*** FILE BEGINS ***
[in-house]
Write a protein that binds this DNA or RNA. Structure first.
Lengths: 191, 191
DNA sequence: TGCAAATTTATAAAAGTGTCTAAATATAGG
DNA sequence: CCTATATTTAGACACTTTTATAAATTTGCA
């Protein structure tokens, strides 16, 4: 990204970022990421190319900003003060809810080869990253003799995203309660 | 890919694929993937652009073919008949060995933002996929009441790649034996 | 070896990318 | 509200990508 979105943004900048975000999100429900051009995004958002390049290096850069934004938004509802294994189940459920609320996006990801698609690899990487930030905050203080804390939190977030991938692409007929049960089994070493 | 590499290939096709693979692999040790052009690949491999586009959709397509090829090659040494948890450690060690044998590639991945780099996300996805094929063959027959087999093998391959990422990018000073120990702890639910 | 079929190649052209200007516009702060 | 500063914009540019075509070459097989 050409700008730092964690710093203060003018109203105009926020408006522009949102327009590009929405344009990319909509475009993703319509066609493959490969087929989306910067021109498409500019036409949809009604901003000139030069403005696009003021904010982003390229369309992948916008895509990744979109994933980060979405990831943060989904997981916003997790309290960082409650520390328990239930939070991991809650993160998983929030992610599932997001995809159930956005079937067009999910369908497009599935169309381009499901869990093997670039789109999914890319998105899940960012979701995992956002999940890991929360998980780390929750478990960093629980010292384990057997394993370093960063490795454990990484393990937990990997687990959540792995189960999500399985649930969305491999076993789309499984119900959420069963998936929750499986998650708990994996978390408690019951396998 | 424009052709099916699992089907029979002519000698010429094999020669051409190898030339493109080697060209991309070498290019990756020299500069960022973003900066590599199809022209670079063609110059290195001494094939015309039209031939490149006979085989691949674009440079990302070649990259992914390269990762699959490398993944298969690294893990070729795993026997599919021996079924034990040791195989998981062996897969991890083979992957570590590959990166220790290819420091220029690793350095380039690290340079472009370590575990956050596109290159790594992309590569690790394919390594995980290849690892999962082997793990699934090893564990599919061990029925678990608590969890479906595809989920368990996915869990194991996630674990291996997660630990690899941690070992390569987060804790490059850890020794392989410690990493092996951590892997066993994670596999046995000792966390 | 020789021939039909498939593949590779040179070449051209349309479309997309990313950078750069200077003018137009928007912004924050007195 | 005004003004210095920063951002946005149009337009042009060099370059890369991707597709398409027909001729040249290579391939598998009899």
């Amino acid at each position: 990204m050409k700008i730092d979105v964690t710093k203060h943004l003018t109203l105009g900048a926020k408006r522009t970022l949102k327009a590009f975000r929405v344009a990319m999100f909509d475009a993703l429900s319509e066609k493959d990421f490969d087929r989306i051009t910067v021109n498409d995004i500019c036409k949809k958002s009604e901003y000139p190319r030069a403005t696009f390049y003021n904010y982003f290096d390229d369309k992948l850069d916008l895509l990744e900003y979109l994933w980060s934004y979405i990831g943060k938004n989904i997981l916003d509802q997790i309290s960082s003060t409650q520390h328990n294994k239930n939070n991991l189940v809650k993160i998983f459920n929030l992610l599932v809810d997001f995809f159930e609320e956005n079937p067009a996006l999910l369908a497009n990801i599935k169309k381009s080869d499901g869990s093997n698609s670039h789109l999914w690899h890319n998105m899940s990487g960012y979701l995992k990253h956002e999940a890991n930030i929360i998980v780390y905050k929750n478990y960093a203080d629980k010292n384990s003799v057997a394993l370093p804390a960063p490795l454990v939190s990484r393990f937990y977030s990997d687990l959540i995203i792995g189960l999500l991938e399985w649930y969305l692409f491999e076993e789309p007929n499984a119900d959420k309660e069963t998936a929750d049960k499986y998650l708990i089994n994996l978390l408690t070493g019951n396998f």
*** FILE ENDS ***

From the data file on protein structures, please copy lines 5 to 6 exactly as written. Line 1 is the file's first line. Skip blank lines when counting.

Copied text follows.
DNA sequence: CCTATATTTAGACACTTTTATAAATTTGCA
């Protein structure tokens, strides 16, 4: 990204970022990421190319900003003060809810080869990253003799995203309660 | 890919694929993937652009073919008949060995933002996929009441790649034996 | 070896990318 | 509200990508 979105943004900048975000999100429900051009995004958002390049290096850069934004938004509802294994189940459920609320996006990801698609690899990487930030905050203080804390939190977030991938692409007929049960089994070493 | 590499290939096709693979692999040790052009690949491999586009959709397509090829090659040494948890450690060690044998590639991945780099996300996805094929063959027959087999093998391959990422990018000073120990702890639910 | 079929190649052209200007516009702060 | 500063914009540019075509070459097989 050409700008730092964690710093203060003018109203105009926020408006522009949102327009590009929405344009990319909509475009993703319509066609493959490969087929989306910067021109498409500019036409949809009604901003000139030069403005696009003021904010982003390229369309992948916008895509990744979109994933980060979405990831943060989904997981916003997790309290960082409650520390328990239930939070991991809650993160998983929030992610599932997001995809159930956005079937067009999910369908497009599935169309381009499901869990093997670039789109999914890319998105899940960012979701995992956002999940890991929360998980780390929750478990960093629980010292384990057997394993370093960063490795454990990484393990937990990997687990959540792995189960999500399985649930969305491999076993789309499984119900959420069963998936929750499986998650708990994996978390408690019951396998 | 424009052709099916699992089907029979002519000698010429094999020669051409190898030339493109080697060209991309070498290019990756020299500069960022973003900066590599199809022209670079063609110059290195001494094939015309039209031939490149006979085989691949674009440079990302070649990259992914390269990762699959490398993944298969690294893990070729795993026997599919021996079924034990040791195989998981062996897969991890083979992957570590590959990166220790290819420091220029690793350095380039690290340079472009370590575990956050596109290159790594992309590569690790394919390594995980290849690892999962082997793990699934090893564990599919061990029925678990608590969890479906595809989920368990996915869990194991996630674990291996997660630990690899941690070992390569987060804790490059850890020794392989410690990493092996951590892997066993994670596999046995000792966390 | 020789021939039909498939593949590779040179070449051209349309479309997309990313950078750069200077003018137009928007912004924050007195 | 005004003004210095920063951002946005149009337009042009060099370059890369991707597709398409027909001729040249290579391939598998009899």